The Drugs Controller should, in public interest, ask these companies to register their brands for intra-dermal use as well. Or give official permission to doctors to use the intra-dermal route even if these companies refuse to register their brands for intra-dermal use. The intra-dermal route is scientifically well-established. Undergraduate textbooks include the Thailand Red Cross Society’s intra-dermal regimen (3). Indian studies have shown the intra-dermal route to be as effective (4, 5). The current WHO guidelines also recommend the intra-dermal regimen. (6).
The government could have long ago decided in favour of the intra-dermal route. Instead it set up a committee to study the feasibility of using the intra-dermal route in India. The Jain Committee, set up in September 2003, is yet to come out with its recommendations. A multi-centric trial has also been launched to study the intra-dermal route. These seem to be delaying tactics for the benefit of vaccine companies. As these companies focus on high sales per patient, poor Indians will keep dying because free cell culture vaccine is not available in government health facilities and cheaper treatment is not available in the private sector.
There is one more hitch. In the West the cell culture anti-rabies vaccine is available in 0.1 ml ampoules for intra-dermal use, but in India it is available only in 1 ml and 0.5 ml vials. If a doctor opens a one ml vial of Rabipur for the intra-dermal route, s/he must have five patients to inject, as the dose of Rabipur for the intra-dermal route is 0.1 to 0.2 ml. Although research in Thailand has shown that once opened the ampoule can be used for a week by keeping it refrigerated (7), the Indian government – as the largest buyer of the vaccine –should ask companies to manufacture 0.1 ml ampoules/vials for intra- dermal use at a reasonable price. This will enable doctors in primary health centres or small clinics to administer the anti-rabies vaccine even if there is only one patient and there is no reliable cold storage facility.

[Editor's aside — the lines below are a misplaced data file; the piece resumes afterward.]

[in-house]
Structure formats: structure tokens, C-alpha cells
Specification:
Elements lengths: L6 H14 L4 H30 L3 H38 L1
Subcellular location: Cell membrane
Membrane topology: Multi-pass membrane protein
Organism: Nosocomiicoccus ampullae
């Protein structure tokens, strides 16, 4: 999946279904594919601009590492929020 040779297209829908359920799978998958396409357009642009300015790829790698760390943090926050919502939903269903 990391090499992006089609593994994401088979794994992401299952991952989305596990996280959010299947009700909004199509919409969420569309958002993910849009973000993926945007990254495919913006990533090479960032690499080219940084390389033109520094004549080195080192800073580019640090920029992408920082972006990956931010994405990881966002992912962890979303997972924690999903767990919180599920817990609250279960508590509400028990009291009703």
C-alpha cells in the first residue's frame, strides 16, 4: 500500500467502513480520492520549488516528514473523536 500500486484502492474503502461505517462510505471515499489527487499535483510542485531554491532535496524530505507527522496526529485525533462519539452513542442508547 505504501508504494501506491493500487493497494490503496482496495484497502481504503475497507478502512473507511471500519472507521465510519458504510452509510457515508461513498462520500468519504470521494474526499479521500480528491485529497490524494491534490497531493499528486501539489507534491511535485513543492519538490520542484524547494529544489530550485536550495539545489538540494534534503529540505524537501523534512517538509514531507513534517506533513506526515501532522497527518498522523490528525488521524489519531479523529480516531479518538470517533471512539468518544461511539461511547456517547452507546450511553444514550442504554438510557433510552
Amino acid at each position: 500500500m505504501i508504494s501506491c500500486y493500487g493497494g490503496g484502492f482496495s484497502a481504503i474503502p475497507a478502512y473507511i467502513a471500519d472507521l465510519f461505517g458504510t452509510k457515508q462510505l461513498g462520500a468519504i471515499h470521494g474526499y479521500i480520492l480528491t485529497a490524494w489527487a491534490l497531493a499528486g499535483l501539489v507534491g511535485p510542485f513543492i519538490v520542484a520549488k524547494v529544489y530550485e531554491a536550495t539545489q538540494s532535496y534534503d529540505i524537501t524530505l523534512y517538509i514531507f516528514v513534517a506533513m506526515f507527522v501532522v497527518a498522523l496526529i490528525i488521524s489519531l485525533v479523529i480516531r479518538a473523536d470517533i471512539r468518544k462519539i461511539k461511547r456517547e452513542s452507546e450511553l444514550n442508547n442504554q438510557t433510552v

The Jan Swasthya Abhiyan has been lobbying for these changes with government officials. It has also lodged a complaint with the National Human Rights Commission. The health minister has announced that recent Indian studies of intra-dermal use have shown encouraging results and has said that this mode would “soon” be approved.
It is likely that the intra-dermal route will eventually be officially sanctioned in India. But will the government force drug companies to manufacture the smaller doses? We need strong public opinion to push for such changes. Any further delay means that thousands of poor patients will continue to die unnecessarily because the free cell culture vaccine is not available. Organisations working on medical ethics and human rights have not so far addressed this important issue. Will they take it up on a priority basis?
As this article goes to the press, the news is that the Drugs Controller has issued a circular permitting the intradermal route – but with the unreasonable clause that it can be given only at public hospitals getting more than 50 dog bite cases a day.
- WHO Expert Committee on Rabies, 8th report. WHO Technical Report Series No. 824. Geneva: World Health Organization; 1992.
- Kamoltham T, Singhsa J, Promsaranee U, Sonthon P, Mathean P, Thinyounyong W. Bull World Health Organ 2003; 81: 375-81.
- Park K. Park’s textbook of preventive and social medicine. 18th ed. Jabalpur: Bhanot Publishers; 2005.
- Madhusudana S N, Saha S M, Sood M, Saxena SN. Multisite intradermal vaccination using tissue culture vaccine as an economical prophylactic regimen against rabies. IJMR 1988; 87: 1-4.
- Chhabra M, Ichhpujani RL, Bhardwaj M, Tiwari KN, Panda RC, Lal S. Safety and immunogenicity of the intradermal Thai red cross (2-2-2-0-1-1) post exposure vaccination regimen in the Indian population using purified chick embryo cell rabies vaccine. Indian J Med Microbiol 2005; 23(1): 24-28.
- World Health Organization [homepage on the Internet]. Current WHO guide for rabies pre and post-exposure treatment in humans. 2002 July [cited 2006 Mar 1]. Available from: http://www.who.int/rabies/resources/en/Current%20WHO%20guide%20for%20Rabies.pdf
- Khawplod P, Wilde H, Tantawicien T, Limusanno S, Tantawichien T, Mitmoonpitak C, et al. Potency, sterility and immunogenicity of rabies tissue culture vaccine after reconstitution and refrigerated storage for 1 week. Vaccine 2002;20: 2240-2242